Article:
Well, doesn't look like anyone is overly optimistic this morning given the lack of posts. Oh well, guess I'll throw out some thoughts anyway. Last evening's surface cyclone was just east of Goodland this morning (~1008 mb) and continuing to weaken, with a second low developing just east of Billings MT. Surface high pressure ridge to the north was supporting narrow tendril of modest moisture return across the northern plains, with low 60 dewpoints edging into se MT, with mid 60's surging westward from central SD. Low clouds were present across a SD and into western MT, with a very low cloud deck in the upslope flow. Depth of moisture looked rather thin everywhere except UNR in the northern plains - but moist toungue not well sampled by upper air network. Upper jet streak currently over sw US on eastern side of upper trough expected to lift northeastward leading to surface pressure falls over eastern MT, leading to enhanced upslope low-level flow and moisture transport within the narrow tongue. A fairly strong cap is in place across much of the plains, and may preclude development of storms across portions of SD and NE, despite where moisture pooling and convergence enhanced by weakening GLD cyclone might otherwise offer an alternate target area. That said, current activity in the area could generate a sufficiently potent boundary to enhance surface convergence enough to overcome cap strength. Also concerned, given strength of cap and cloudiness over northern region, extent to which storms can initiate into SD along boundary extending southeastward. Guess I could see two targets that look ok - One around Miles City, MT, and another less certain target around the Hastings area. Anyone else have thoughts?

Glen
 
For once we're not battling LCL heights for today's setup. Moderate cap but very impressive CAPE. It looks like the other elements are there - moisture, higher dewpoints in the south central area of SD. I'm going to have to put my TA as Pierre to Mitchell. Things could develop west of there but the Eta is showing many elements converging in that central part of SD across the border into NE.

EDIT: And as always, I'm a newbie at this so feel free to constructively criticize :)
 
For once we're not battling LCL heights for today's setup.

I'm not so sure. It looks like we may see T-Td deficits in the 15-25 range later this afternoon, which isn't ideal... I prefer T-Td defs <15 degrees. It's not horrible, but not really ideal.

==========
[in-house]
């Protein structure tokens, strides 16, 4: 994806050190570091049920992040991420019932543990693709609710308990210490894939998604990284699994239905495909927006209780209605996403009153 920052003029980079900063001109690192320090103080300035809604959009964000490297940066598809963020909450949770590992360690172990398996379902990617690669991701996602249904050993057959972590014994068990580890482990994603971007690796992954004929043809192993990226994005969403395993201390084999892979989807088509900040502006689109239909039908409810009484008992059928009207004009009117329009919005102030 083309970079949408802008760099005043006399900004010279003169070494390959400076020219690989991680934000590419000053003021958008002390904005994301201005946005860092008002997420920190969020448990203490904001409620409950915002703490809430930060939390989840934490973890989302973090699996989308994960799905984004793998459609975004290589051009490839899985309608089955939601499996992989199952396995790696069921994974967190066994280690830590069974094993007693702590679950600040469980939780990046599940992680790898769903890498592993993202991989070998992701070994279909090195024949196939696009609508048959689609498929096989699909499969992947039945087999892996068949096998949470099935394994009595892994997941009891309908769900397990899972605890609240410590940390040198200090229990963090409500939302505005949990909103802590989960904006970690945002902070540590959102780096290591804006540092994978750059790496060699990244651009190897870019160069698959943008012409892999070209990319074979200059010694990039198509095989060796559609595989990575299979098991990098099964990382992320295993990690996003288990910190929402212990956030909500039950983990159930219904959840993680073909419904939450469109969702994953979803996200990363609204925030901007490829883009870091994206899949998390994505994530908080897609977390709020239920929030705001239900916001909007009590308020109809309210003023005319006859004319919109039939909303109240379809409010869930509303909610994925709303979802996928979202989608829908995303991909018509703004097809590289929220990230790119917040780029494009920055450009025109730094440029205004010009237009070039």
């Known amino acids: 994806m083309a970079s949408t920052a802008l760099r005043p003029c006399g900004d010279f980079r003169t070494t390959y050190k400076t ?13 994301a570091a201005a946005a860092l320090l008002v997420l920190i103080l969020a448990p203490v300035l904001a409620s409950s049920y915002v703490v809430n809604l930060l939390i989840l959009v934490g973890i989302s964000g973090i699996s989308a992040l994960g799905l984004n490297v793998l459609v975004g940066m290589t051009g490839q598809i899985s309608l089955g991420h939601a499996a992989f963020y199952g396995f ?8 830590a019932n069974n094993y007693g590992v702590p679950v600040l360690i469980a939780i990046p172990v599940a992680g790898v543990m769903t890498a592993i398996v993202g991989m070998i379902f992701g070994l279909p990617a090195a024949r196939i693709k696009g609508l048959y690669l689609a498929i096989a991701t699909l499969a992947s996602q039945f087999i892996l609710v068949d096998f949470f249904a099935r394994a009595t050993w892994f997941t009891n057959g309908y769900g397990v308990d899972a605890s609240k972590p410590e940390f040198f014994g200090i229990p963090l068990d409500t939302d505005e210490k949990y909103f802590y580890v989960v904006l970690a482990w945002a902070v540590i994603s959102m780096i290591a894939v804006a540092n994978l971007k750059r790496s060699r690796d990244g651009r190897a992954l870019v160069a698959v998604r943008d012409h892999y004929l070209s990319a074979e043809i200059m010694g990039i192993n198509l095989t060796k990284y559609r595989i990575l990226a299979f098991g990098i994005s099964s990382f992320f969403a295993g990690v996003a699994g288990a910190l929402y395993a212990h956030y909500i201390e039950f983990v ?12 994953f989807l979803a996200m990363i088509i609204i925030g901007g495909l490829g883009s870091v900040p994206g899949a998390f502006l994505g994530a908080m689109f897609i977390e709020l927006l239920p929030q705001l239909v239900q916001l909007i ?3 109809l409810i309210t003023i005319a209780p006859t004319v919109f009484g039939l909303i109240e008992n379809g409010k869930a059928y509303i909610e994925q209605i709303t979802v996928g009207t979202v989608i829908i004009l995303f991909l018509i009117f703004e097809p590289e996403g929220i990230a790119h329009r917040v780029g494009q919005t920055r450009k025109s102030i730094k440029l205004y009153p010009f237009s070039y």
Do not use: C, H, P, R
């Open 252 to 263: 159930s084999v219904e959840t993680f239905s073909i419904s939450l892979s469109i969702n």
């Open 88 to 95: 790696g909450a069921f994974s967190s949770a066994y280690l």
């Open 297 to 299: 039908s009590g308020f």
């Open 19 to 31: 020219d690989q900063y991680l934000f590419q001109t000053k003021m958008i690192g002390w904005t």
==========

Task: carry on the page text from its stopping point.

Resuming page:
I think the SD portions of the target area have the best probs of supercells. Both the RUC and NAM show a shortwave approaching and entering southwester SD, western NE, and southeastern MT by afternoon. In addition, a nice jet streak at 250mb will begin to nose into western NE and southwestern SD by late afternoon. A surface low will begin to deepen in the left-exit region of this jet streak, being enhanced by favorable transverse circulation. This low will maintain backed surface flow through the afternoon. Dewpoints may increase some more through the afternoon, though I'm not sure the impacts of evapotranspiration in this particular area since I"m not familiar with the terrain up there. Regardless, meager speed shear yet strong directional shear will yield shear profiles favorable for supercells. Assuming Tds end up where expected, strong instability will develop in mainly central portions of SD/NE, again favorable for strong, rapidly-developing supercells. There doesn't really appear to be a good focus for surface convergence in SD, but there may be something near the southern edge of the low clouds in northern SD (differential heating boundary perhaps). OTherwise, we're going to have to wait for some other surface convergence to become better defined this afternoon... DPVA downstream of the shortwave may weaken the cap enough such that only weak surface convergence is necessary -- we shall see. Weak flow at 700/500mb may limit the longevity of tornadic supercells, but we'll see. Unless 850mb flow veers a bit, there won't be much 0-3km SRH ( or low-level shear on the whole) owing to nearly unidirectional flow between the surface and 850mb.